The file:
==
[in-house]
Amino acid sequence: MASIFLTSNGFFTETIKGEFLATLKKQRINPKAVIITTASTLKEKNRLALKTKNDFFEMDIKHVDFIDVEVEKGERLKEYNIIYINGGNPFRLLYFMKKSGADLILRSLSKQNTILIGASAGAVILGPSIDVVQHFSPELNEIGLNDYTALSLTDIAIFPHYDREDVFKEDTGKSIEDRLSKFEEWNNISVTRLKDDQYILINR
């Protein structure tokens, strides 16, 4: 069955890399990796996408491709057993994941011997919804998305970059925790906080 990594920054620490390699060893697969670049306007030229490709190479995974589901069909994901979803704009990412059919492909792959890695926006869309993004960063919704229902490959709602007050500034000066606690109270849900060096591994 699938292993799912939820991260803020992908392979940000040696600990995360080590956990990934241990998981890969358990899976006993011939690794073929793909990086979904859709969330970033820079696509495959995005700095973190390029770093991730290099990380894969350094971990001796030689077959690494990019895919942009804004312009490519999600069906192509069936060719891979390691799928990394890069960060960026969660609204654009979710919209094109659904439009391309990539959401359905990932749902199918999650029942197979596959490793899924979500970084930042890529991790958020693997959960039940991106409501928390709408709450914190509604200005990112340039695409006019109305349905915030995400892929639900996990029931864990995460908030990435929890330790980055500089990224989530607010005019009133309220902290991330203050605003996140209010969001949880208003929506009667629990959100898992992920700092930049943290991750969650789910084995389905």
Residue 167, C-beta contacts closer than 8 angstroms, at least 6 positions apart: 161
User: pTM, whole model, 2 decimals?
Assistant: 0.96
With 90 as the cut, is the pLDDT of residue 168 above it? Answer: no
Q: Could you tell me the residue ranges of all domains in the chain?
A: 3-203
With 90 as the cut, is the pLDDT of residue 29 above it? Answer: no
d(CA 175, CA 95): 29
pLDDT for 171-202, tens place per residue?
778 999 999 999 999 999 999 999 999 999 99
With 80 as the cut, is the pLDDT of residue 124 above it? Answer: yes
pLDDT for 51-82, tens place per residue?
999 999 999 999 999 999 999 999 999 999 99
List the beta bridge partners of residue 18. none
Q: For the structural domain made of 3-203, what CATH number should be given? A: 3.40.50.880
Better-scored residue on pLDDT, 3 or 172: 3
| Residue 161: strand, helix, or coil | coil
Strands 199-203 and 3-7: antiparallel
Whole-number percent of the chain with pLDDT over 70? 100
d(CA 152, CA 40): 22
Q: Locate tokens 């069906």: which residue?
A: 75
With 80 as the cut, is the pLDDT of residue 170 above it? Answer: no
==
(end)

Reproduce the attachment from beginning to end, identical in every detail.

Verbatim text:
[in-house]
Amino acid sequence: MASIFLTSNGFFTETIKGEFLATLKKQRINPKAVIITTASTLKEKNRLALKTKNDFFEMDIKHVDFIDVEVEKGERLKEYNIIYINGGNPFRLLYFMKKSGADLILRSLSKQNTILIGASAGAVILGPSIDVVQHFSPELNEIGLNDYTALSLTDIAIFPHYDREDVFKEDTGKSIEDRLSKFEEWNNISVTRLKDDQYILINR
């Protein structure tokens, strides 16, 4: 069955890399990796996408491709057993994941011997919804998305970059925790906080 990594920054620490390699060893697969670049306007030229490709190479995974589901069909994901979803704009990412059919492909792959890695926006869309993004960063919704229902490959709602007050500034000066606690109270849900060096591994 699938292993799912939820991260803020992908392979940000040696600990995360080590956990990934241990998981890969358990899976006993011939690794073929793909990086979904859709969330970033820079696509495959995005700095973190390029770093991730290099990380894969350094971990001796030689077959690494990019895919942009804004312009490519999600069906192509069936060719891979390691799928990394890069960060960026969660609204654009979710919209094109659904439009391309990539959401359905990932749902199918999650029942197979596959490793899924979500970084930042890529991790958020693997959960039940991106409501928390709408709450914190509604200005990112340039695409006019109305349905915030995400892929639900996990029931864990995460908030990435929890330790980055500089990224989530607010005019009133309220902290991330203050605003996140209010969001949880208003929506009667629990959100898992992920700092930049943290991750969650789910084995389905």
Residue 167, C-beta contacts closer than 8 angstroms, at least 6 positions apart: 161
User: pTM, whole model, 2 decimals?
Assistant: 0.96
With 90 as the cut, is the pLDDT of residue 168 above it? Answer: no
Q: Could you tell me the residue ranges of all domains in the chain?
A: 3-203
With 90 as the cut, is the pLDDT of residue 29 above it? Answer: no
d(CA 175, CA 95): 29
pLDDT for 171-202, tens place per residue?
778 999 999 999 999 999 999 999 999 999 99
With 80 as the cut, is the pLDDT of residue 124 above it? Answer: yes
pLDDT for 51-82, tens place per residue?
999 999 999 999 999 999 999 999 999 999 99
List the beta bridge partners of residue 18. none
Q: For the structural domain made of 3-203, what CATH number should be given? A: 3.40.50.880
Better-scored residue on pLDDT, 3 or 172: 3
| Residue 161: strand, helix, or coil | coil
Strands 199-203 and 3-7: antiparallel
Whole-number percent of the chain with pLDDT over 70? 100
d(CA 152, CA 40): 22
Q: Locate tokens 């069906």: which residue?
A: 75
With 80 as the cut, is the pLDDT of residue 170 above it? Answer: no